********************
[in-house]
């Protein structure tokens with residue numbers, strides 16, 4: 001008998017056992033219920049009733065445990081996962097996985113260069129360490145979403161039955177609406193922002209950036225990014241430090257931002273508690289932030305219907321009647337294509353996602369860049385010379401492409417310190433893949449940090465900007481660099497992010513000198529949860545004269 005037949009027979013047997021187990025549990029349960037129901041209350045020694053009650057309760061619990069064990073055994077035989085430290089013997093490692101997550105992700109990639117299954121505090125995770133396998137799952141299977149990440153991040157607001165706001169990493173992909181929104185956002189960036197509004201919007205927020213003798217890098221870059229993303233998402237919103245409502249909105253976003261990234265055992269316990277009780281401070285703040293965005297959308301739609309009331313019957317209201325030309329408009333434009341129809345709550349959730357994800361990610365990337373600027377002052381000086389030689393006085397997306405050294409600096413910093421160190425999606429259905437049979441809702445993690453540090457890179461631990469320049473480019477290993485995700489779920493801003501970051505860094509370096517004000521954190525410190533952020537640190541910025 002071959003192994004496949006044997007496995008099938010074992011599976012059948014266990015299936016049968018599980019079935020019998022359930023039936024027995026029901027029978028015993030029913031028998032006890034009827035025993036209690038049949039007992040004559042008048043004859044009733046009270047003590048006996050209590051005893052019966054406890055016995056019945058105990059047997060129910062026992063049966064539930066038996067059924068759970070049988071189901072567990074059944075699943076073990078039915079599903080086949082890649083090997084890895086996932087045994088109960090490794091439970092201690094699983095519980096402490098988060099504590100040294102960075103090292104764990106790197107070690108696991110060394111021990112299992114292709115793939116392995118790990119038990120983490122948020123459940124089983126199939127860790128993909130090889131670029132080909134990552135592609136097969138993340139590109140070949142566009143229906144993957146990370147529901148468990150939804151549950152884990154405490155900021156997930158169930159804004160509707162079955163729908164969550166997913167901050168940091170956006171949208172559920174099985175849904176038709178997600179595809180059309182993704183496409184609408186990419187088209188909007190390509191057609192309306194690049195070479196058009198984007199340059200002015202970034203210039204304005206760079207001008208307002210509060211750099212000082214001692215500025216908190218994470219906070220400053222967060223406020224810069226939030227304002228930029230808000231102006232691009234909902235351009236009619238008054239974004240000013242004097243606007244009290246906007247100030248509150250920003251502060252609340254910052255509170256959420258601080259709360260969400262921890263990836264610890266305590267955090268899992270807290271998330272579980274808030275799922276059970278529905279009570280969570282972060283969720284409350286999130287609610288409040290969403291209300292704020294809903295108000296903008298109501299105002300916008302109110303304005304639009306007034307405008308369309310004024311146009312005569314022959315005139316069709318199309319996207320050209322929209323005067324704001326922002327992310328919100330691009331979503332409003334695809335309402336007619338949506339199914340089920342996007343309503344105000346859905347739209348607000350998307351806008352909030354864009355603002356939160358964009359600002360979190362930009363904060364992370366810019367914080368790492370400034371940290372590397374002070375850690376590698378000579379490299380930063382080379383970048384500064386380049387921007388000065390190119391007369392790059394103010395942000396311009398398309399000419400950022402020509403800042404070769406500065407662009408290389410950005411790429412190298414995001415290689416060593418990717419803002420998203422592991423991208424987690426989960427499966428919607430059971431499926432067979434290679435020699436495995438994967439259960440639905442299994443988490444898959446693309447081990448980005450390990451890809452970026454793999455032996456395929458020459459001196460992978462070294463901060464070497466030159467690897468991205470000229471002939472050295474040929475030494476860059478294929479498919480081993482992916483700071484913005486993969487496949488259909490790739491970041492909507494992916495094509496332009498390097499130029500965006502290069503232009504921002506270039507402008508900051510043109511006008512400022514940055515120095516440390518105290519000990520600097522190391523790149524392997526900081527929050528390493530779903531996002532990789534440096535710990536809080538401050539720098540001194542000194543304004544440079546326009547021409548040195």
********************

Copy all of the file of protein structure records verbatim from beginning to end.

[in-house]
């Protein structure tokens with residue numbers, strides 16, 4: 001008998017056992033219920049009733065445990081996962097996985113260069129360490145979403161039955177609406193922002209950036225990014241430090257931002273508690289932030305219907321009647337294509353996602369860049385010379401492409417310190433893949449940090465900007481660099497992010513000198529949860545004269 005037949009027979013047997021187990025549990029349960037129901041209350045020694053009650057309760061619990069064990073055994077035989085430290089013997093490692101997550105992700109990639117299954121505090125995770133396998137799952141299977149990440153991040157607001165706001169990493173992909181929104185956002189960036197509004201919007205927020213003798217890098221870059229993303233998402237919103245409502249909105253976003261990234265055992269316990277009780281401070285703040293965005297959308301739609309009331313019957317209201325030309329408009333434009341129809345709550349959730357994800361990610365990337373600027377002052381000086389030689393006085397997306405050294409600096413910093421160190425999606429259905437049979441809702445993690453540090457890179461631990469320049473480019477290993485995700489779920493801003501970051505860094509370096517004000521954190525410190533952020537640190541910025 002071959003192994004496949006044997007496995008099938010074992011599976012059948014266990015299936016049968018599980019079935020019998022359930023039936024027995026029901027029978028015993030029913031028998032006890034009827035025993036209690038049949039007992040004559042008048043004859044009733046009270047003590048006996050209590051005893052019966054406890055016995056019945058105990059047997060129910062026992063049966064539930066038996067059924068759970070049988071189901072567990074059944075699943076073990078039915079599903080086949082890649083090997084890895086996932087045994088109960090490794091439970092201690094699983095519980096402490098988060099504590100040294102960075103090292104764990106790197107070690108696991110060394111021990112299992114292709115793939116392995118790990119038990120983490122948020123459940124089983126199939127860790128993909130090889131670029132080909134990552135592609136097969138993340139590109140070949142566009143229906144993957146990370147529901148468990150939804151549950152884990154405490155900021156997930158169930159804004160509707162079955163729908164969550166997913167901050168940091170956006171949208172559920174099985175849904176038709178997600179595809180059309182993704183496409184609408186990419187088209188909007190390509191057609192309306194690049195070479196058009198984007199340059200002015202970034203210039204304005206760079207001008208307002210509060211750099212000082214001692215500025216908190218994470219906070220400053222967060223406020224810069226939030227304002228930029230808000231102006232691009234909902235351009236009619238008054239974004240000013242004097243606007244009290246906007247100030248509150250920003251502060252609340254910052255509170256959420258601080259709360260969400262921890263990836264610890266305590267955090268899992270807290271998330272579980274808030275799922276059970278529905279009570280969570282972060283969720284409350286999130287609610288409040290969403291209300292704020294809903295108000296903008298109501299105002300916008302109110303304005304639009306007034307405008308369309310004024311146009312005569314022959315005139316069709318199309319996207320050209322929209323005067324704001326922002327992310328919100330691009331979503332409003334695809335309402336007619338949506339199914340089920342996007343309503344105000346859905347739209348607000350998307351806008352909030354864009355603002356939160358964009359600002360979190362930009363904060364992370366810019367914080368790492370400034371940290372590397374002070375850690376590698378000579379490299380930063382080379383970048384500064386380049387921007388000065390190119391007369392790059394103010395942000396311009398398309399000419400950022402020509403800042404070769406500065407662009408290389410950005411790429412190298414995001415290689416060593418990717419803002420998203422592991423991208424987690426989960427499966428919607430059971431499926432067979434290679435020699436495995438994967439259960440639905442299994443988490444898959446693309447081990448980005450390990451890809452970026454793999455032996456395929458020459459001196460992978462070294463901060464070497466030159467690897468991205470000229471002939472050295474040929475030494476860059478294929479498919480081993482992916483700071484913005486993969487496949488259909490790739491970041492909507494992916495094509496332009498390097499130029500965006502290069503232009504921002506270039507402008508900051510043109511006008512400022514940055515120095516440390518105290519000990520600097522190391523790149524392997526900081527929050528390493530779903531996002532990789534440096535710990536809080538401050539720098540001194542000194543304004544440079546326009547021409548040195």